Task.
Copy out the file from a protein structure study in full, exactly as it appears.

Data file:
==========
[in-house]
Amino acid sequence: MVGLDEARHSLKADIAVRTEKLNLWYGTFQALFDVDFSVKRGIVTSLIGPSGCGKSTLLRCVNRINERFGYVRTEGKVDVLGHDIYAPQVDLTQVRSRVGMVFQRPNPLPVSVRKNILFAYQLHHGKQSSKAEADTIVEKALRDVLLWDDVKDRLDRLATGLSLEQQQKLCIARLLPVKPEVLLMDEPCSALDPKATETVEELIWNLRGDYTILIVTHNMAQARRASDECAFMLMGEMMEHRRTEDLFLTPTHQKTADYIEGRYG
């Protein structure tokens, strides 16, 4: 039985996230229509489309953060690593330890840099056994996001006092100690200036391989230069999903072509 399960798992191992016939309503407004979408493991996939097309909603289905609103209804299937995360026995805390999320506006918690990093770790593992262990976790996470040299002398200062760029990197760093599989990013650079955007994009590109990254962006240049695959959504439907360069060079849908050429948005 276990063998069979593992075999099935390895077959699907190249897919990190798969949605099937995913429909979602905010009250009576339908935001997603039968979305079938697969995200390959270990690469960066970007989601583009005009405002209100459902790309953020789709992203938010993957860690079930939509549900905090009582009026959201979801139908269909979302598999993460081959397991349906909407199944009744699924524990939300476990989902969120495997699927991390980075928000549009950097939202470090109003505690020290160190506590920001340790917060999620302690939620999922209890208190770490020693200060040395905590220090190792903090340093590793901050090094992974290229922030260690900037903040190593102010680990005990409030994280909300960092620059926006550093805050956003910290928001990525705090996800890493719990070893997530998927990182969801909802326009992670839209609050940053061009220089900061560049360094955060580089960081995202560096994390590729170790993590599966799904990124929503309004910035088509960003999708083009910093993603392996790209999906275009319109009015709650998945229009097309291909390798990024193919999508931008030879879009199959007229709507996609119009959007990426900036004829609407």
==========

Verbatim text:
[in-house]
Amino acid sequence: MVGLDEARHSLKADIAVRTEKLNLWYGTFQALFDVDFSVKRGIVTSLIGPSGCGKSTLLRCVNRINERFGYVRTEGKVDVLGHDIYAPQVDLTQVRSRVGMVFQRPNPLPVSVRKNILFAYQLHHGKQSSKAEADTIVEKALRDVLLWDDVKDRLDRLATGLSLEQQQKLCIARLLPVKPEVLLMDEPCSALDPKATETVEELIWNLRGDYTILIVTHNMAQARRASDECAFMLMGEMMEHRRTEDLFLTPTHQKTADYIEGRYG
């Protein structure tokens, strides 16, 4: 039985996230229509489309953060690593330890840099056994996001006092100690200036391989230069999903072509 399960798992191992016939309503407004979408493991996939097309909603289905609103209804299937995360026995805390999320506006918690990093770790593992262990976790996470040299002398200062760029990197760093599989990013650079955007994009590109990254962006240049695959959504439907360069060079849908050429948005 276990063998069979593992075999099935390895077959699907190249897919990190798969949605099937995913429909979602905010009250009576339908935001997603039968979305079938697969995200390959270990690469960066970007989601583009005009405002209100459902790309953020789709992203938010993957860690079930939509549900905090009582009026959201979801139908269909979302598999993460081959397991349906909407199944009744699924524990939300476990989902969120495997699927991390980075928000549009950097939202470090109003505690020290160190506590920001340790917060999620302690939620999922209890208190770490020693200060040395905590220090190792903090340093590793901050090094992974290229922030260690900037903040190593102010680990005990409030994280909300960092620059926006550093805050956003910290928001990525705090996800890493719990070893997530998927990182969801909802326009992670839209609050940053061009220089900061560049360094955060580089960081995202560096994390590729170790993590599966799904990124929503309004910035088509960003999708083009910093993603392996790209999906275009319109009015709650998945229009097309291909390798990024193919999508931008030879879009199959007229709507996609119009959007990426900036004829609407």